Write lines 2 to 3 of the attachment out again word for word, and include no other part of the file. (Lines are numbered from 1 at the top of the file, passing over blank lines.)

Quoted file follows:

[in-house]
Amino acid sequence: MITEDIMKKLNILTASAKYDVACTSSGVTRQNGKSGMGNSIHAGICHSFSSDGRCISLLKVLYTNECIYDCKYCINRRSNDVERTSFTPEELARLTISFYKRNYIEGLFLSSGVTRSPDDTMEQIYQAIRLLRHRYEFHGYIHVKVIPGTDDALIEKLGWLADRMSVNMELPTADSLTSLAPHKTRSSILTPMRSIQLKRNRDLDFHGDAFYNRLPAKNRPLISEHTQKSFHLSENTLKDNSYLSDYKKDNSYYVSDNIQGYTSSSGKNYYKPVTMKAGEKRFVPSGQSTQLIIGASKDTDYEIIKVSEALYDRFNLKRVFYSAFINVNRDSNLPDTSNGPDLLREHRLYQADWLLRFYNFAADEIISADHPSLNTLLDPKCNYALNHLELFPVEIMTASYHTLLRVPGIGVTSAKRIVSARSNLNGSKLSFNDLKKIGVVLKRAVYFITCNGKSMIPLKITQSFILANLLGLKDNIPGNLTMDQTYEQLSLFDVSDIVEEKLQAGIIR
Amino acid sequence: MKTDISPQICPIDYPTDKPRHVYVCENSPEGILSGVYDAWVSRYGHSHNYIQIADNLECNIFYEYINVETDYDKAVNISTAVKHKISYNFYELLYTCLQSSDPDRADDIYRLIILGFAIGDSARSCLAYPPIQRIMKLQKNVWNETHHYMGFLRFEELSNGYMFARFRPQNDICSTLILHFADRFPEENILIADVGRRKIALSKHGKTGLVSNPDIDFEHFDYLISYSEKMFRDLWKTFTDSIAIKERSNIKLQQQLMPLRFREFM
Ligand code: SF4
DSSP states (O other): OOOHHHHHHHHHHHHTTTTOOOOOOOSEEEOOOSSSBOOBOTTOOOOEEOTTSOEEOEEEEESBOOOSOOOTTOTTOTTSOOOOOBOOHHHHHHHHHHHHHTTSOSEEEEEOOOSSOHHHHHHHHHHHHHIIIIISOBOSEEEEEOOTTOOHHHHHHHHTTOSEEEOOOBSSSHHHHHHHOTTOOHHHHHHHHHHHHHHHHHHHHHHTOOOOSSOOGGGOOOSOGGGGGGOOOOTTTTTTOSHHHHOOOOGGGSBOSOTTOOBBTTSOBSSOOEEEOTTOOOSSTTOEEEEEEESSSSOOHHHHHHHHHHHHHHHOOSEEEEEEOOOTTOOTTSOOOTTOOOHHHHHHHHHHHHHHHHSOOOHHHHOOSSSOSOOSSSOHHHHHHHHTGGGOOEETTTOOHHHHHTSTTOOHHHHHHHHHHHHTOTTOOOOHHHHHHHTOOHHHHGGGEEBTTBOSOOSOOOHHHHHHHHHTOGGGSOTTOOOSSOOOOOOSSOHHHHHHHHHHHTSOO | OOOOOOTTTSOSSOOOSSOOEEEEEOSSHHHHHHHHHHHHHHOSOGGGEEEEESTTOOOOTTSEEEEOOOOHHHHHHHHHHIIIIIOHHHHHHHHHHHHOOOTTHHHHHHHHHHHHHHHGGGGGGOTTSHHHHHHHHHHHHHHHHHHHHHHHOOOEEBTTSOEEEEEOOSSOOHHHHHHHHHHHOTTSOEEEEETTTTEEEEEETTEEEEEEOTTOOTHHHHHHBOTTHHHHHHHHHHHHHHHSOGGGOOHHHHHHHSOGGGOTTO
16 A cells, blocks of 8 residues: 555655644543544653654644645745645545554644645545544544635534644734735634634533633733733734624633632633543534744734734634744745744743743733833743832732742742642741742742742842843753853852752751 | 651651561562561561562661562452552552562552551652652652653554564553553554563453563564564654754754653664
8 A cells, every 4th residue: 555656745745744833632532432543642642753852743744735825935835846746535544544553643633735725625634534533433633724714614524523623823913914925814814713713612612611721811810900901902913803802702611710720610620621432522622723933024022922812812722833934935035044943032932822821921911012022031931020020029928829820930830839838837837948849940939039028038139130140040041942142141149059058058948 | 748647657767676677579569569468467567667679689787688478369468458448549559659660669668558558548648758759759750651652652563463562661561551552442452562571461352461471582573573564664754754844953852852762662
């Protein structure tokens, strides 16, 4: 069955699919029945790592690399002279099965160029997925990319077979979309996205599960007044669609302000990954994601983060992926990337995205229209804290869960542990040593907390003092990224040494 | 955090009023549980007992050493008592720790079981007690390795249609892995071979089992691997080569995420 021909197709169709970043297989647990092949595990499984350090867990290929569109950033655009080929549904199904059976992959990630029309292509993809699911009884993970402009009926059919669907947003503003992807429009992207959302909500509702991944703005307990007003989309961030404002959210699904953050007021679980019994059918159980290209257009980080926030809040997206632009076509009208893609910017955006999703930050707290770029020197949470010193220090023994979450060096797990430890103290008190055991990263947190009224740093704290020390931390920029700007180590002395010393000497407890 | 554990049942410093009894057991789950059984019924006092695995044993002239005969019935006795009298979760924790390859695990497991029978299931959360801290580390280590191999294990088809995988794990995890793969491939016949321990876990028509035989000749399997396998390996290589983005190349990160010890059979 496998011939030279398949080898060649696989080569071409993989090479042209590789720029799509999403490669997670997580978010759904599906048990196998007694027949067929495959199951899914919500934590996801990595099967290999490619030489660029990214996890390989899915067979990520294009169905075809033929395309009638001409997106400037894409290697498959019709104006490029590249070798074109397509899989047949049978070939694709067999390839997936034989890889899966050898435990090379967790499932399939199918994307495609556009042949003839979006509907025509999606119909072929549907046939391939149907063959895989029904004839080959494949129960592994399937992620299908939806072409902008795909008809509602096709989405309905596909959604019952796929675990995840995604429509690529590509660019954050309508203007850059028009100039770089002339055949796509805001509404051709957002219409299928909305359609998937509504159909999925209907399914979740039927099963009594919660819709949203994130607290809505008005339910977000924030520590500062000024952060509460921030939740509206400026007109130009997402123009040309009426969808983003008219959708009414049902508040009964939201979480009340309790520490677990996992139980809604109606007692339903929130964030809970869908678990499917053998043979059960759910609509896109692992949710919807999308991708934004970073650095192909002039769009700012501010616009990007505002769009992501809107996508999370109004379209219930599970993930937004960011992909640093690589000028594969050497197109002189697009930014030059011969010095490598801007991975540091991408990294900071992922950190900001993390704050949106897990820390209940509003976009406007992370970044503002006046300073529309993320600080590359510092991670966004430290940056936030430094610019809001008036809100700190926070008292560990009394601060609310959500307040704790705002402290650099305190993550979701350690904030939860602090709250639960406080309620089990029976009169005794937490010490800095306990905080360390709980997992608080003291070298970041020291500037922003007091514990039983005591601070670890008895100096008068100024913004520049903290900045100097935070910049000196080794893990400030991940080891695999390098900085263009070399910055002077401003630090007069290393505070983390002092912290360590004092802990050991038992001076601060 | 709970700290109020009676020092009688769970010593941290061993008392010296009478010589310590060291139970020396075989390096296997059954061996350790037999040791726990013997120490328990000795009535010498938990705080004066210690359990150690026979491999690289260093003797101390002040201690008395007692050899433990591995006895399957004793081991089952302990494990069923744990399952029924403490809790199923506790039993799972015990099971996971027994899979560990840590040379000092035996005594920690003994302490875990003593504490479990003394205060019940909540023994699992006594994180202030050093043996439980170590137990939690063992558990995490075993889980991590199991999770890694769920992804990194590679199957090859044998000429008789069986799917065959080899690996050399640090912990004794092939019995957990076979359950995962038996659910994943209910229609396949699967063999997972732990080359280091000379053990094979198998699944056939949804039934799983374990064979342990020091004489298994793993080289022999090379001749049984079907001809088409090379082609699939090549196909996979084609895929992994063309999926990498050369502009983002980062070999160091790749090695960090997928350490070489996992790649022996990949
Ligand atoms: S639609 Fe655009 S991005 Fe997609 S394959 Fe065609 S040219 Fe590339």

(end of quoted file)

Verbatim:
Amino acid sequence: MITEDIMKKLNILTASAKYDVACTSSGVTRQNGKSGMGNSIHAGICHSFSSDGRCISLLKVLYTNECIYDCKYCINRRSNDVERTSFTPEELARLTISFYKRNYIEGLFLSSGVTRSPDDTMEQIYQAIRLLRHRYEFHGYIHVKVIPGTDDALIEKLGWLADRMSVNMELPTADSLTSLAPHKTRSSILTPMRSIQLKRNRDLDFHGDAFYNRLPAKNRPLISEHTQKSFHLSENTLKDNSYLSDYKKDNSYYVSDNIQGYTSSSGKNYYKPVTMKAGEKRFVPSGQSTQLIIGASKDTDYEIIKVSEALYDRFNLKRVFYSAFINVNRDSNLPDTSNGPDLLREHRLYQADWLLRFYNFAADEIISADHPSLNTLLDPKCNYALNHLELFPVEIMTASYHTLLRVPGIGVTSAKRIVSARSNLNGSKLSFNDLKKIGVVLKRAVYFITCNGKSMIPLKITQSFILANLLGLKDNIPGNLTMDQTYEQLSLFDVSDIVEEKLQAGIIR
Amino acid sequence: MKTDISPQICPIDYPTDKPRHVYVCENSPEGILSGVYDAWVSRYGHSHNYIQIADNLECNIFYEYINVETDYDKAVNISTAVKHKISYNFYELLYTCLQSSDPDRADDIYRLIILGFAIGDSARSCLAYPPIQRIMKLQKNVWNETHHYMGFLRFEELSNGYMFARFRPQNDICSTLILHFADRFPEENILIADVGRRKIALSKHGKTGLVSNPDIDFEHFDYLISYSEKMFRDLWKTFTDSIAIKERSNIKLQQQLMPLRFREFM